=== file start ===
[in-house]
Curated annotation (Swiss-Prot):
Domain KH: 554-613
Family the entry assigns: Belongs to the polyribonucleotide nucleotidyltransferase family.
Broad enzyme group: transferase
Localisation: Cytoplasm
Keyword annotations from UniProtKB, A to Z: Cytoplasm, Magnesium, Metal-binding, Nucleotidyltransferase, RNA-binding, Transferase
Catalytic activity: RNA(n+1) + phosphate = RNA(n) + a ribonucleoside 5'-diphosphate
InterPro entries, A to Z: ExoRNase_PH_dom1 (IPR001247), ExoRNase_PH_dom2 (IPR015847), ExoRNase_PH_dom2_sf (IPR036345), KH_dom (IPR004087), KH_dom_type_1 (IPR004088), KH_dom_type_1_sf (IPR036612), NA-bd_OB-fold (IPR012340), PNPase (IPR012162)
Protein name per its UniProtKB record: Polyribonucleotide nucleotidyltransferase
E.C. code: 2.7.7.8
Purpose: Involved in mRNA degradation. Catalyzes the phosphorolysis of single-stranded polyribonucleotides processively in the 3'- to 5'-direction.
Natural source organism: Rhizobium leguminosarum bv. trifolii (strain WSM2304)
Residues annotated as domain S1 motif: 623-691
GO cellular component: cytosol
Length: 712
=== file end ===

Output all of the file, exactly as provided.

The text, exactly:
[in-house]
Curated annotation (Swiss-Prot):
Domain KH: 554-613
Family the entry assigns: Belongs to the polyribonucleotide nucleotidyltransferase family.
Broad enzyme group: transferase
Localisation: Cytoplasm
Keyword annotations from UniProtKB, A to Z: Cytoplasm, Magnesium, Metal-binding, Nucleotidyltransferase, RNA-binding, Transferase
Catalytic activity: RNA(n+1) + phosphate = RNA(n) + a ribonucleoside 5'-diphosphate
InterPro entries, A to Z: ExoRNase_PH_dom1 (IPR001247), ExoRNase_PH_dom2 (IPR015847), ExoRNase_PH_dom2_sf (IPR036345), KH_dom (IPR004087), KH_dom_type_1 (IPR004088), KH_dom_type_1_sf (IPR036612), NA-bd_OB-fold (IPR012340), PNPase (IPR012162)
Protein name per its UniProtKB record: Polyribonucleotide nucleotidyltransferase
E.C. code: 2.7.7.8
Purpose: Involved in mRNA degradation. Catalyzes the phosphorolysis of single-stranded polyribonucleotides processively in the 3'- to 5'-direction.
Natural source organism: Rhizobium leguminosarum bv. trifolii (strain WSM2304)
Residues annotated as domain S1 motif: 623-691
GO cellular component: cytosol
Length: 712